This is an anthology of 16 horror short stories and novellas, ranging from around 4,000 to 17,000 words. Such anthologies generally sell poorly, but I'm a fan of the well-turned short story, and in fact feel there are several authors out there whose short pieces are more impressive than their novels--Stephen King for one. You have to really have talent though to make an anthology solely of one author's stories worthwhile. There has to be something that shines in terms of style, voice, or really memorable twists. Stephen King has that--try Everything's Eventual. Gerri Leen has that. Try her Life Without Crows. Barker doesn't. I tried all the shorts in the first volume of Books of Blood and didn't want to read more. Anthologies open with their strongest story usually, but the short that opens and gives the title to this book, "The Book of Blood" is an unremarkable haunted house story. I outright disliked the second story, "The Midnight Meat Train," set in the subways of New York City surrounding a serial killer. I'm a native and resident of New York and it didn't evoke my city for me. For one thing, there is not "Avenue of the Americas" subway line--"Avenue of the Americas is Sixth Avenue--there's a 7th Avenue line. Also, hiding under a subway seat? Maybe if you're a very small child. This one also contained a huge pet peeve. I hate it when a character, without personally knowing the individual, identifies someone as Puerto Rican. I'm of Puerto Rican extraction--with cousins who are blond and blue-eyed and others who are black. You can't tell someone is Puerto Rican by looking--we're as likely to look Cuban or Dominican or Argentinian or one of those ethnicities likely to be mistaken for one of us--or Italian or Portuguese for that matter. And for more points on offensive stereotypes front, the Puerto Rican has a fancy knife in his possession, cuz you know, we're all supposed to carry them... The story "The Yattering and Jack," about a demon trying to gain a soul, did strike a welcome note of humor, but didn't strike me as all that clever. Ditto the grotesque "Pig Blood Blues" with its sow, the predictable "Sex, Death and Sunshine" centered on a theater company and the rather silly "In the Hills, the Cities" set in Yugoslavia. Lots of gratuitous and graphic sex and gore here as befits the author and director of Hellraiser if that's your sort of thing. It's not mine.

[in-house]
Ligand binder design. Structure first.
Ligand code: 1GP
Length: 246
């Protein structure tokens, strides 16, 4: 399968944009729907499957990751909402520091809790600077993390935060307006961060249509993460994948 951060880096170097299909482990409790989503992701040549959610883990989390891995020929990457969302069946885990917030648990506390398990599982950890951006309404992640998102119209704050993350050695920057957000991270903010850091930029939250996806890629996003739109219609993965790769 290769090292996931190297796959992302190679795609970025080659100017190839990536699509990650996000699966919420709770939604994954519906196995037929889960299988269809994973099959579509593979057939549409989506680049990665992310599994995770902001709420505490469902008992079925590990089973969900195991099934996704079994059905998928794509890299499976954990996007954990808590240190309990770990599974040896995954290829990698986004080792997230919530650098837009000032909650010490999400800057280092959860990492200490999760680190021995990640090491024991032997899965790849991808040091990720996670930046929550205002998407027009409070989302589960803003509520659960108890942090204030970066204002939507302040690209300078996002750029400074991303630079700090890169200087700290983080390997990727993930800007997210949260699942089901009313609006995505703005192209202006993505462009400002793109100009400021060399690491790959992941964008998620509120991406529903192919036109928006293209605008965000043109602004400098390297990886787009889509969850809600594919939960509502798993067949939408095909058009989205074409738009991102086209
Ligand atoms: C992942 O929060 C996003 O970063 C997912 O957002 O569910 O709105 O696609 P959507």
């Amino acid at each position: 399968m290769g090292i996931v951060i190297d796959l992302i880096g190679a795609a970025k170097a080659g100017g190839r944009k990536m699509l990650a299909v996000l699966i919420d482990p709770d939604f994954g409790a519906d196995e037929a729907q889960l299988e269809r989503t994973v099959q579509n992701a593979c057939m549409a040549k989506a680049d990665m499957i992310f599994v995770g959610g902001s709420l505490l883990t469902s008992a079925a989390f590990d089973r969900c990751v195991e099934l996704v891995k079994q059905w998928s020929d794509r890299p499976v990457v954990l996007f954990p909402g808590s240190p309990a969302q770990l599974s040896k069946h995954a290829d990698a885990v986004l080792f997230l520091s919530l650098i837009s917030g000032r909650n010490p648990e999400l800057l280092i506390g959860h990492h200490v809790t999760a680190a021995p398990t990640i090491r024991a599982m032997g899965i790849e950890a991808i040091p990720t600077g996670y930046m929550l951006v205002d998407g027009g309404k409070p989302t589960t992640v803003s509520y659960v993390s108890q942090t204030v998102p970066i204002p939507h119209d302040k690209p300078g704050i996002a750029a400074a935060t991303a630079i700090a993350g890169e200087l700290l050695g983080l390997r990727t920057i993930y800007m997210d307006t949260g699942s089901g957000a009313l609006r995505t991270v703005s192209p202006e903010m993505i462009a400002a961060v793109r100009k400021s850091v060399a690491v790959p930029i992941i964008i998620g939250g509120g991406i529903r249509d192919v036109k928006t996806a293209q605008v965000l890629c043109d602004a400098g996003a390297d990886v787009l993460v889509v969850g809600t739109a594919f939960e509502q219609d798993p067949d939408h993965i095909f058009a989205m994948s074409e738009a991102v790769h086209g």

Anagarika-Sean on LibraryThing More than 1 year ago